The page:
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If both parents are HD positive, what are the chances of their children inheriting HD?


Katie: Our next question is for Mara, if two people who have HD, so they're HD positive, have a child, what is the genetic chances of that child testing positive?

Mara: I'm going to share my screen. And show a picture. Let's see, make sure I can do this the right way. So, what I'm showing you here is what we call the Punnett square. And if you think about the inheritance of Huntington's disease, it is dominantly inherited, meaning that usually, only one parent has Huntington's disease. And so the risk to the offspring is 50% for each child. We're asking a different question right now; we're asking, okay. Let's say both parents have Huntington's disease. And so on across the very top, you see a big A which is going to represent the Huntington's disease, abnormal gene. And we're going to see a little a, which is going to represent the normal copy of the gene. And then on the left side, you'll also see a big, A representing Huntington's disease gene and a little a representing, the normal copy. So it's just statistics. At this point, you look at which egg, and which sperm are going to come together, because remember we can't give all of our genetic material when we have children, we wouldn't, we're not cloning ourselves, and you only get to give half. And so the person across the top can either give the big A or the little a. The person that across on the left side can either give the big A and little a. And so you can see there are four possibilities. If you look at the top box on the left, it says AA, and that is somebody who has Huntington's disease. I'm going to let Dr. Wheelock talk a little bit more about that. Because that is a question that people ask me a lot about is what's it like if you inherit two copies of the Huntington's disease gene, but then you can also notice that the person in the lower left and the upper right. They're just like their parents. So they also have Huntington's disease and then the person all the way on the right side, on the bottom. That person doesn't have Huntington's disease. They just inherited the little a's. And so the answer to the question is 75% is the risk. That would be for each pregnancy. So it's not like if you had four kids, three of them would have it. And one wouldn't. Each pregnancy has its own 75% risk. And again, I'm going to let Dr. Wheelock sort of address the part about the person who inherits two copies of the Huntington's disease gene. I'm going to stop sharing my screen if I could figure out how to do that.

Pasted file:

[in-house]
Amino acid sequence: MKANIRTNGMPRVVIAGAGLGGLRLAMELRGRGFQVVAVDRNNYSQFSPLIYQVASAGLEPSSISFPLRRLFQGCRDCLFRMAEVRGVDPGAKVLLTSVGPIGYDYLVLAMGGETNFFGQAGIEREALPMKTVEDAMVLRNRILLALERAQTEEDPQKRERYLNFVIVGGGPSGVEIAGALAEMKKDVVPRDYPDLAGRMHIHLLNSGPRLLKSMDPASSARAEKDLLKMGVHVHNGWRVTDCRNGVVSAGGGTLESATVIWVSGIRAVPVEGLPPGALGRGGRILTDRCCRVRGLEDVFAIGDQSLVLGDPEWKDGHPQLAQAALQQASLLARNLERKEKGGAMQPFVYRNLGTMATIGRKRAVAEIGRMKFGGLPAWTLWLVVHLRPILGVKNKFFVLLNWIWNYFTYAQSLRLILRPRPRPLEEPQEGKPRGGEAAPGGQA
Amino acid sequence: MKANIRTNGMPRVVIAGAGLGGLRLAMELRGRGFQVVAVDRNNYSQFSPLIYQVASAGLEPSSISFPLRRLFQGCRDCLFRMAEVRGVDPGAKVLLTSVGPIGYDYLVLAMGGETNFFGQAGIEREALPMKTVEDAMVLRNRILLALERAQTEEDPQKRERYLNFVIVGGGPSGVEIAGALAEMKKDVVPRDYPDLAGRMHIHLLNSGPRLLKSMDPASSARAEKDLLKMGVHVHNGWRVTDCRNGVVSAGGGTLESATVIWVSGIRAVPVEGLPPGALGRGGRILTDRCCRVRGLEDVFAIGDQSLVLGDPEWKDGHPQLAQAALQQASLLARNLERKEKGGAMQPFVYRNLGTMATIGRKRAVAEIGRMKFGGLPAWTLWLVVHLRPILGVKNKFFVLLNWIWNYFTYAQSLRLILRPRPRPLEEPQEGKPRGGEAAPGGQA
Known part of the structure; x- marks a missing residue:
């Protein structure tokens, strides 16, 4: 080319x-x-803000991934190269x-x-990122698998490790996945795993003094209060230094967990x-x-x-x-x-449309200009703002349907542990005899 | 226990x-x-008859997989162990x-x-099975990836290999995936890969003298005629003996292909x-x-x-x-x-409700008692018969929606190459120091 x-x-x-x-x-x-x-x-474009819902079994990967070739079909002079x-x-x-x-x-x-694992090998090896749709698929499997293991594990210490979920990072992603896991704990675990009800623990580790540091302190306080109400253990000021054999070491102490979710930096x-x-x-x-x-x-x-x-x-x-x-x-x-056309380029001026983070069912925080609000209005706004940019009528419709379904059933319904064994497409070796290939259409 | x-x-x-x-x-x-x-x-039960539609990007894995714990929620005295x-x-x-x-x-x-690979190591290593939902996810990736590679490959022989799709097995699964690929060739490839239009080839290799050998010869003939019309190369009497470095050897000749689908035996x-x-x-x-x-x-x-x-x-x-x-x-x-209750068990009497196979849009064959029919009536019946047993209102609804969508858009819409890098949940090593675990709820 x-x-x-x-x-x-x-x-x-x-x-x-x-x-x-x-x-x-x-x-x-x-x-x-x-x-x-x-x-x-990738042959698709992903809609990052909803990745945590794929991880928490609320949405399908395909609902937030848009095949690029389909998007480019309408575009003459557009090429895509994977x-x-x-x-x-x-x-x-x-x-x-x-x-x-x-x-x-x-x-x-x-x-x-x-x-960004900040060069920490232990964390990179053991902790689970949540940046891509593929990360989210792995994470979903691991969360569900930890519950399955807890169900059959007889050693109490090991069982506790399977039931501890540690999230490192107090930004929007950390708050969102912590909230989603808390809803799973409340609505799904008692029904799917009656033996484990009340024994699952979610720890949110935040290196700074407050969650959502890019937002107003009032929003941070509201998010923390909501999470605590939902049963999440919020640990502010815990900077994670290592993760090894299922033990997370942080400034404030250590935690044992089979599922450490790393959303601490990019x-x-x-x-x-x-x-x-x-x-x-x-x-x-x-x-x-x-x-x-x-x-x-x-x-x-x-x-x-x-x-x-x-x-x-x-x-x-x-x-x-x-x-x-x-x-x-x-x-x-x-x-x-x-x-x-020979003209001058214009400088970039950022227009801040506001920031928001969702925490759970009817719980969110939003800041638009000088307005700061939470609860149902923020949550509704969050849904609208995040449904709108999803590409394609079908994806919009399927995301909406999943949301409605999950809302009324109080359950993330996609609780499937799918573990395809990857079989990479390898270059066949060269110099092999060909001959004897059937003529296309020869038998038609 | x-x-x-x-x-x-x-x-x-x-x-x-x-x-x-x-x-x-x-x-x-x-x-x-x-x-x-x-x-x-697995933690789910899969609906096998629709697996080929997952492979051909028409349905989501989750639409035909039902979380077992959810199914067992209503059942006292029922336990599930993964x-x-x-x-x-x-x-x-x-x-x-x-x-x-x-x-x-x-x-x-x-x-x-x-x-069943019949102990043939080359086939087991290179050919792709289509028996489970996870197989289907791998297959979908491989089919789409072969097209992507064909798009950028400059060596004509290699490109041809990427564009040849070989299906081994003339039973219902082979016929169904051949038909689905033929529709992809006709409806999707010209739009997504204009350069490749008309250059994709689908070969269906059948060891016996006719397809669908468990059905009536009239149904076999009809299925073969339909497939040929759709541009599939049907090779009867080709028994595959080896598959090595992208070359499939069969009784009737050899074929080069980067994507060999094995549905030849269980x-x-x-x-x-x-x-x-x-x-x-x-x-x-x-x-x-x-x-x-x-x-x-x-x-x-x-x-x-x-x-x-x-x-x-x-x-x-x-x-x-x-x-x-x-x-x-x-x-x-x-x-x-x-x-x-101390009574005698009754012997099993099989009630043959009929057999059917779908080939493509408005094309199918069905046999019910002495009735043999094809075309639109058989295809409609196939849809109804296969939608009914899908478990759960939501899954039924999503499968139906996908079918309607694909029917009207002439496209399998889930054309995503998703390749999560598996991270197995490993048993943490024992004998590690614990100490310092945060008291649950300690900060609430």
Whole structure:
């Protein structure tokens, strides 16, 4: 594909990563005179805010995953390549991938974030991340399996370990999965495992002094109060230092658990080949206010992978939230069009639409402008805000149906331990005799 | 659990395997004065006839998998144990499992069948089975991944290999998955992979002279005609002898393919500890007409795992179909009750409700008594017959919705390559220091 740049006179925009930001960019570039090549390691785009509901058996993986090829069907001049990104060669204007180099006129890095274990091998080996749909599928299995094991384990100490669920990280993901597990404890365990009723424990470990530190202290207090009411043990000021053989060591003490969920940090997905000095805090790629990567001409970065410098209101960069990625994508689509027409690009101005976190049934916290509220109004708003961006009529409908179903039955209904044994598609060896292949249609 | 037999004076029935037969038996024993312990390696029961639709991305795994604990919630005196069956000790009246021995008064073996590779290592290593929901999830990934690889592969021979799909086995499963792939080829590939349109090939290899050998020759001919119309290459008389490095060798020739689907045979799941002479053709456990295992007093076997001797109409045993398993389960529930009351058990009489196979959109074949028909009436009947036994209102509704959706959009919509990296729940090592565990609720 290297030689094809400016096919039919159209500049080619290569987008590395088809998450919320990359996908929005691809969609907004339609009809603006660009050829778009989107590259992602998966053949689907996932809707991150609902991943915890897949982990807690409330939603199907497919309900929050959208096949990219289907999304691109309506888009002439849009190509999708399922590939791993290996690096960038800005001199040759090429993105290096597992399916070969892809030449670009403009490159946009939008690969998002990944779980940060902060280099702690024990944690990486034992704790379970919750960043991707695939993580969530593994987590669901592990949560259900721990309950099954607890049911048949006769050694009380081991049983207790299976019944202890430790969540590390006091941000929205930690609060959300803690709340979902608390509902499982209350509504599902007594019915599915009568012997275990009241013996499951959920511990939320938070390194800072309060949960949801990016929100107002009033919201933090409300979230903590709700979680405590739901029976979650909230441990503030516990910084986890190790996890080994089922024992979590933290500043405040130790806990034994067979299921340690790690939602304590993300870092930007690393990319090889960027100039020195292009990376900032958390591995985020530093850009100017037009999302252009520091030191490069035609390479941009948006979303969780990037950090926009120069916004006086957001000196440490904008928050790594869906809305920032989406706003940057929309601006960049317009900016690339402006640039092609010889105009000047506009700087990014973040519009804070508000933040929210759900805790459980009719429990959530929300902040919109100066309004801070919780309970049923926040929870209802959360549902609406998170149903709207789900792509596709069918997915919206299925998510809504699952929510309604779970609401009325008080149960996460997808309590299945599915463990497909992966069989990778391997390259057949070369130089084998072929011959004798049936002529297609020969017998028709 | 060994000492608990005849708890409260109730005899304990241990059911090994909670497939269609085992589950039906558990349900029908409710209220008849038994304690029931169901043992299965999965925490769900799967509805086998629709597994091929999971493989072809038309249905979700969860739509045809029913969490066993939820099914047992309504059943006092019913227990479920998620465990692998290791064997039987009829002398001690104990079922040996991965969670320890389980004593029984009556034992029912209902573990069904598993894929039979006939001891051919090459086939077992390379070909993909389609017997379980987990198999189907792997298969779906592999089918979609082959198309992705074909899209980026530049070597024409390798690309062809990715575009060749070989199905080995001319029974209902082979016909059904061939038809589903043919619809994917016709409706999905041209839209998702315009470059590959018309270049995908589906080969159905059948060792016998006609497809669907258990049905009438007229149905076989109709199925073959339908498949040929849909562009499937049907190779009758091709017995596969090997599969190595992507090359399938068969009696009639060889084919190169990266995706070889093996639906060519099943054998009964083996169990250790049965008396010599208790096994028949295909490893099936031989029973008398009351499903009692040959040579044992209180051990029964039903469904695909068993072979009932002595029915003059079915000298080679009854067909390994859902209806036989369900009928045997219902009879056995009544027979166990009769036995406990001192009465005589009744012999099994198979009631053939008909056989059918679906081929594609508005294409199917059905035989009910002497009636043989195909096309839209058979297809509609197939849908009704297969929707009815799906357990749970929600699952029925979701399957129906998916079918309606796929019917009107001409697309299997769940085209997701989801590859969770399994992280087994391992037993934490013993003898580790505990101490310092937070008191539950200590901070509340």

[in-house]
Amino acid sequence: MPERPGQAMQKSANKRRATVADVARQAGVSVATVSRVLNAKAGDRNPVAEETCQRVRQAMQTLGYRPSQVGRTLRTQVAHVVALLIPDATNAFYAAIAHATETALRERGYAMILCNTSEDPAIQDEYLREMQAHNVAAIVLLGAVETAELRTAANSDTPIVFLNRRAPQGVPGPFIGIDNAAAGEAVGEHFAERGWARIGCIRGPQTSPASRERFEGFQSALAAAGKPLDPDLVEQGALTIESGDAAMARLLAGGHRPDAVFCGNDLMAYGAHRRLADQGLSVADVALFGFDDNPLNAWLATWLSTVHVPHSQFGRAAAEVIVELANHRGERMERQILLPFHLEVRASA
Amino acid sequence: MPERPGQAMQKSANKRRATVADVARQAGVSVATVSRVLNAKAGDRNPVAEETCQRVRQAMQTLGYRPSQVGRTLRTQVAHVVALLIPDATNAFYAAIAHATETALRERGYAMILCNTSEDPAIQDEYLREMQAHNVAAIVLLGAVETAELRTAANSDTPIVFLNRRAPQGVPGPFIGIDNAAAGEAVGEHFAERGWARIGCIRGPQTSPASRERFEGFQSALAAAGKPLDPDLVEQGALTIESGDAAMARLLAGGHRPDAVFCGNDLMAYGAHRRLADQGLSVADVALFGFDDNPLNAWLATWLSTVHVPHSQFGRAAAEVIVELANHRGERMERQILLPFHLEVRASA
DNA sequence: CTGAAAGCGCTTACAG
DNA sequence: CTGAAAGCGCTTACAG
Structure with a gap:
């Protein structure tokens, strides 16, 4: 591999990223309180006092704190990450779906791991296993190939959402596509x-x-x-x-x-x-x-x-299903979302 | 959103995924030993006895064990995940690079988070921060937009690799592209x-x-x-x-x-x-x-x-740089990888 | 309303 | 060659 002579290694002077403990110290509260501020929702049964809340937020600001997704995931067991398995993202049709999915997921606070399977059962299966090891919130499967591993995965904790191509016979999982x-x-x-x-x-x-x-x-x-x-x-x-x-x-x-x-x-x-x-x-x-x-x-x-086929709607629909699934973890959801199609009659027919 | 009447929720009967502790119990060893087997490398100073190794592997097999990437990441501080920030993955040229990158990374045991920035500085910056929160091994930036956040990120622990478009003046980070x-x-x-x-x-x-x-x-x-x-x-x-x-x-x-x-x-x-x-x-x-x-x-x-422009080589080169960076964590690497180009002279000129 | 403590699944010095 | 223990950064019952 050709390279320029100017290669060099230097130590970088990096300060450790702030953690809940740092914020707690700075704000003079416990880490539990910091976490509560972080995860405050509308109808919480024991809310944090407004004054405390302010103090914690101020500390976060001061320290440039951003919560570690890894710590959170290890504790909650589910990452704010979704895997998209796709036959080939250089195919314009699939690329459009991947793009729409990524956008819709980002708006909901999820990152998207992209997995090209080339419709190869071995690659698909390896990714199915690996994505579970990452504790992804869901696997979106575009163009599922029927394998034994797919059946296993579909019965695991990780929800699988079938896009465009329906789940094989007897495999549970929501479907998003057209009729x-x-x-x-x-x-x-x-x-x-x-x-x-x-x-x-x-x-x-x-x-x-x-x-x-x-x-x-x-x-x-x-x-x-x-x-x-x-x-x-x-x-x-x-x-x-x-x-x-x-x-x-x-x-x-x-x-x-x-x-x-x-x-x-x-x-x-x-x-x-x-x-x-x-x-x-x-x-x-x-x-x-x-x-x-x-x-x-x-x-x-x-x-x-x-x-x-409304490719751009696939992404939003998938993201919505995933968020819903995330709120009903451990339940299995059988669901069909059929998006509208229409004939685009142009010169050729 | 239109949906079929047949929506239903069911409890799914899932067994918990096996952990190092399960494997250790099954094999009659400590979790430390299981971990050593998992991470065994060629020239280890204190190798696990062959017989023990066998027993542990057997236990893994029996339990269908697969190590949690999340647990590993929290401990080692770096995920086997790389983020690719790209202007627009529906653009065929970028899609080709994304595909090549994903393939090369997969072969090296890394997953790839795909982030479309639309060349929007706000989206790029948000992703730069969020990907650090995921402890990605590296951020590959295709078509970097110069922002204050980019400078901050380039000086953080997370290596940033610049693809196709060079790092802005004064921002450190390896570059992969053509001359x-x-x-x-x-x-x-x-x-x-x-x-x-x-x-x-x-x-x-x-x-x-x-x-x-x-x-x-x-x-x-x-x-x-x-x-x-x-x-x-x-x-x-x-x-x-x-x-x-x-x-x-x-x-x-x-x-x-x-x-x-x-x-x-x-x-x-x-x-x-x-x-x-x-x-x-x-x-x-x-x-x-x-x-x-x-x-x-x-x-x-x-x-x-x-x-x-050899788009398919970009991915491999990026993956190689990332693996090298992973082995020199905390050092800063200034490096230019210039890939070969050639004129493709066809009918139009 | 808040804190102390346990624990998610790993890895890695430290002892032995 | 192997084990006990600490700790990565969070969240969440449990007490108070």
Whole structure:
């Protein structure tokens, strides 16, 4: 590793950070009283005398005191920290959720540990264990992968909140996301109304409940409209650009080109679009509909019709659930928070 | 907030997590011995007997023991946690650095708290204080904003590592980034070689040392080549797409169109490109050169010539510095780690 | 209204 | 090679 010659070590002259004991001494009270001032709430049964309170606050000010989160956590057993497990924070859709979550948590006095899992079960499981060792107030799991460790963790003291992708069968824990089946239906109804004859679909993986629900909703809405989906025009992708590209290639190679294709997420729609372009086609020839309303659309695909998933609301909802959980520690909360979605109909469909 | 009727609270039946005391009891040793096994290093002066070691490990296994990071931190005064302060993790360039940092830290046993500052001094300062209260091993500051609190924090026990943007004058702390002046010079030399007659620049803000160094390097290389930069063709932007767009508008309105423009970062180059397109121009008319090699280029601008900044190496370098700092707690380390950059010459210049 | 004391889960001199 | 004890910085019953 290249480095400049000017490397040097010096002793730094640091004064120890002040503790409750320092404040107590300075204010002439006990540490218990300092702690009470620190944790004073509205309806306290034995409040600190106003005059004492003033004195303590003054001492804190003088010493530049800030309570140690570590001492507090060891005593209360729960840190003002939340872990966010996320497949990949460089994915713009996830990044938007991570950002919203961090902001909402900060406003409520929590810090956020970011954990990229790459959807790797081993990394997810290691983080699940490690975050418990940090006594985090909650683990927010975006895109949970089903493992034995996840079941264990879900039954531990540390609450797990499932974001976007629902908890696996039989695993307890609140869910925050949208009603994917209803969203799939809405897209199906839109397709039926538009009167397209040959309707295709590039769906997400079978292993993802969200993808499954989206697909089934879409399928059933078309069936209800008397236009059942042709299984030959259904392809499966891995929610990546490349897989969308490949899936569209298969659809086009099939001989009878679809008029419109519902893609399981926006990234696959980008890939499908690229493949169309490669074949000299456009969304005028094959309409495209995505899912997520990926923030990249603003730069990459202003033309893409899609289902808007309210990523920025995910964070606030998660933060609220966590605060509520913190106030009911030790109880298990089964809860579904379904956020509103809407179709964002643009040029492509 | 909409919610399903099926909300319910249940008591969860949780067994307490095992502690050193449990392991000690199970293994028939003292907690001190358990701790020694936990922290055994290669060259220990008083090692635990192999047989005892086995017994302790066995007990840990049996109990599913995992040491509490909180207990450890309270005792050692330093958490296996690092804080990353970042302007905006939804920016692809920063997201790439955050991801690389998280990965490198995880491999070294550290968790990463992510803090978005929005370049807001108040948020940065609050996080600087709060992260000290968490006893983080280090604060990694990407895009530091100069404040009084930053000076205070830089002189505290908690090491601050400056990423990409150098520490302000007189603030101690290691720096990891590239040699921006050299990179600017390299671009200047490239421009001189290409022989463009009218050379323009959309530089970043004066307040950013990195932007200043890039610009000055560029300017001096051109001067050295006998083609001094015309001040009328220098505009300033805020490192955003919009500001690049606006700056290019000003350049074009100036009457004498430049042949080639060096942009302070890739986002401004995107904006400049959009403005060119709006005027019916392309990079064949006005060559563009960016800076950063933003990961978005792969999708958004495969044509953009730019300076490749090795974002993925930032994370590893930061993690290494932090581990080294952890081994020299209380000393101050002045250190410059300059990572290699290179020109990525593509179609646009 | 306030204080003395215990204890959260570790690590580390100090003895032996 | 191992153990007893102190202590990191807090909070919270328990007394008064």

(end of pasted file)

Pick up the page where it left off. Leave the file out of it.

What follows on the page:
Dr. Wheelock: Thanks, Mara. Yeah, so the answer is instead of being 50 50 at 75% risk of inheriting and 25% of not, and it's a really rare situation Because Huntington's is a, is a rare disease to this group. It doesn't seem that way probably, but it's still an uncommon condition. We know about this from the cohort in Venezuela that was studied by Dr. Nancy Wexler and her team for many years. And what they noticed was that there didn't seem to be much different if you had two copies of the HD expansion, people seem to be identical or, they couldn't distinguish them from those who just had one copy, which is, very very interesting. When it comes to genetic conditions, it's a little bit surprising, but that seems to be the best answer.

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